Genetics, Methylation, and Why You Or Someone You Know Can’t Get Well

Methylation dysfunction can result in a huge range of health problems because of the basic way the problem affects cellular functions. Cell division and the manufacture of proteins with each cell depends on methylation. Because of this, tissues that rely on a high rate of turnover suffer and your ability to repair and recover is diminished. Tissues that are sensitive to this effect are the linings (squamous cells) of the sinuses, throat, esophagus, intestines, and lungs, bone marrow, white and red blood cells, and nerve tissue.

Low methylation predisposes you to heart disease because it impairs the production of CoQ10 (protective to the heart) and leads to high homocysteine levels in your blood, causing inflammation and damage to the heart and blood vessels.

Fatigue is a common symptom associated with methylation because the process is necessary for producing CoQ10 and carnitine, both essential for producing energy in the mitochondria within every cell of your body.

Your mood is affected by methylation deficiency due to many of your brain neurotransmitters needing methylation for production. Serotonin, dopamine, epinephrine, norepinephrine, and GABA all depend on this process. Low dopamine levels are associated with poor concentration, impaired memory, disorganization, and ADD.

Your ability to handle stress, control blood sugar and regulate both your immune response and inflammation depend on cortisol, a hormone produced by your adrenal glands, and cortisol production depends on methylation.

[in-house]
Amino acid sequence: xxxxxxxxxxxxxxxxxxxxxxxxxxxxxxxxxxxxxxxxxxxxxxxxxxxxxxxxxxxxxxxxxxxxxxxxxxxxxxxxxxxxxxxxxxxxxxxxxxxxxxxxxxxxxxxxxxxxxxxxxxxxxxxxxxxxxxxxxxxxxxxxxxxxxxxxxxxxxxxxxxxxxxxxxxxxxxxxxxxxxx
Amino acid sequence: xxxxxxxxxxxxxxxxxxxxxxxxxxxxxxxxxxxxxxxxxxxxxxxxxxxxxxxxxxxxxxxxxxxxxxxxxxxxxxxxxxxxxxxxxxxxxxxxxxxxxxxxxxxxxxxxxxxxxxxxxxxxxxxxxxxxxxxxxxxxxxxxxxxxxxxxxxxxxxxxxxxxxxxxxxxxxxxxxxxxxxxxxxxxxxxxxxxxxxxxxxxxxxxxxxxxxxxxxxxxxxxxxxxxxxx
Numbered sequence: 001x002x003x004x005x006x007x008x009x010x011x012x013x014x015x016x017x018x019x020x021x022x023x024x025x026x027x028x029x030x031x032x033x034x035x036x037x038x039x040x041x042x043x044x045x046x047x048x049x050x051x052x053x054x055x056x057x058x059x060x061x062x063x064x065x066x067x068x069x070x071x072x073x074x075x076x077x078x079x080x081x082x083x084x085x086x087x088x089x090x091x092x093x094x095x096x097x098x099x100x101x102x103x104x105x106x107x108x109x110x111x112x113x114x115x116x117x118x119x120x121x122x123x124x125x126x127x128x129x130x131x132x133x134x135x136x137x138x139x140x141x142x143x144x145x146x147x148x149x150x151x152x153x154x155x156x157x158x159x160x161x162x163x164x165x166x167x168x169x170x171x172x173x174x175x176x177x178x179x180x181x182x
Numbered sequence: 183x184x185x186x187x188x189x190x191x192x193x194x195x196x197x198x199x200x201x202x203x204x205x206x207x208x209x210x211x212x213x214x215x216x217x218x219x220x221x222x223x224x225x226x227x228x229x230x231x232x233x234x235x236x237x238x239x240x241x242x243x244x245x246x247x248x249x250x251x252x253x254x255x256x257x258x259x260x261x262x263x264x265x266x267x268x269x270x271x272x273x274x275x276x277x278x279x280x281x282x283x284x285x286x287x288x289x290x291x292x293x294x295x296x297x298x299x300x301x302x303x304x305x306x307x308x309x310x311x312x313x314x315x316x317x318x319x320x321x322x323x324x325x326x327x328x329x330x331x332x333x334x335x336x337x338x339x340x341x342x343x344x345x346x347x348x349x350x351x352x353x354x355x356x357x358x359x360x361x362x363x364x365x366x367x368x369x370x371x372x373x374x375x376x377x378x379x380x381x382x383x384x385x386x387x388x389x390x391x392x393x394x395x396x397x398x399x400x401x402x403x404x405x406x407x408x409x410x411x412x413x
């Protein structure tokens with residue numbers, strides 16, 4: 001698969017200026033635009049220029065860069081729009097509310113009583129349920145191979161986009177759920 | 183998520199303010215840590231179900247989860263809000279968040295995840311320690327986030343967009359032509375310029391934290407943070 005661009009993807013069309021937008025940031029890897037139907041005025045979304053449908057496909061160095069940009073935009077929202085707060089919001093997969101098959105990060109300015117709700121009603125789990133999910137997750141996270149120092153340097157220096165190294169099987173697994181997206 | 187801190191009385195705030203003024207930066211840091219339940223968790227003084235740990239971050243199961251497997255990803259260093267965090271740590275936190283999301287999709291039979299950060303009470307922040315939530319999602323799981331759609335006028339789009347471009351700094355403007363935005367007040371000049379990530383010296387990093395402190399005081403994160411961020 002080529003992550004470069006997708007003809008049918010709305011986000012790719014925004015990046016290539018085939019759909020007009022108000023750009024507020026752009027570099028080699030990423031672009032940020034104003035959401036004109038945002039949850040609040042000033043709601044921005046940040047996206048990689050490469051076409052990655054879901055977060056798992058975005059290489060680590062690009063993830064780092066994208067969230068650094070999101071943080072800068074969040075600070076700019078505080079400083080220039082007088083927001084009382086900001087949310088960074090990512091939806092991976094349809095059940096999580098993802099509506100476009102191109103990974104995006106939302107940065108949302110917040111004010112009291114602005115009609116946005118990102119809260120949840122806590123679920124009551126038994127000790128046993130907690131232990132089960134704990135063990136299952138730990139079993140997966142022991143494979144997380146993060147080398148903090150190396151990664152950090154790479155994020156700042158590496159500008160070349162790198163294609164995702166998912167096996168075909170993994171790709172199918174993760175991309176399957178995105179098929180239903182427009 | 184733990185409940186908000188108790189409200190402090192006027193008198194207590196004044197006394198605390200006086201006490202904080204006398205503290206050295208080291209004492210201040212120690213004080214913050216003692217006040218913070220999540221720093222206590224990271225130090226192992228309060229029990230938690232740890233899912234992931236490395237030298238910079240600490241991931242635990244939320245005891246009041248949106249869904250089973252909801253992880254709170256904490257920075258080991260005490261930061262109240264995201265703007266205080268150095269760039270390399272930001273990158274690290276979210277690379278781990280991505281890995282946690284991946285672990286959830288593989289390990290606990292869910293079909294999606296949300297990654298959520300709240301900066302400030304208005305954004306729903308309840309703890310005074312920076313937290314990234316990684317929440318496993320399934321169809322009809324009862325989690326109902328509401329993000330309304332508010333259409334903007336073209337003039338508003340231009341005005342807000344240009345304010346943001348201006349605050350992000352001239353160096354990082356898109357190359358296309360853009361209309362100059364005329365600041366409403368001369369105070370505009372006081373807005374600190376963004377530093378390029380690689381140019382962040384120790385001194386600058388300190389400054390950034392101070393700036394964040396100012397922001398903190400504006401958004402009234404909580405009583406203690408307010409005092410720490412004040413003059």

Normal regulation of your immune system depends on methylation. Without optimal function of this system, you may be prone to either poor resistance to infection or an overstimulated immune response may lead to inflammation, allergies, or autoimmune diseases, such as lupus, MS, or rheumatoid arthritis.

Impaired methylation can lead to high histamine levels. This, especially when combined with an overstimulated immune response, will result in allergic reactions, irritable bowel syndrome, migraines, and severe insomnia.

Glutathione, the major antioxidant in your body, depends on methylation for production. It acts as an antioxidant and preserves the activity of other antioxidants and controls levels of nitric oxide, an enzyme essential to cardiovascular function, hormone regulation, and cell repair. Glutathione also breaks down environmental chemicals, including carcinogens, estrogen mimics (xenobiotics), and toxic metals (mercury, lead, arsenic) so they can be eliminated from your body.

Because methylation controls optimal cell division and regulation and inflammation, impaired methylation has been associated with the development of many degenerative diseases (heart disease, osteoarthritis, osteoporosis, diabetes, dementia) and accelerated aging.

Even cancer has been shown in research to be a methylation imbalance where hypomethylation can lead to chromosomal instability and increased mutation rates.

How to solve methylation dysfunction? Good health history, records reviews, exams, and labs, including genetic testing paint the picture of what genetic patterns need to be addressed. Good news is that the involved enzymes, in most cases, can be normalized with targeted clinical nutrition. And, the change in health is usually dramatic.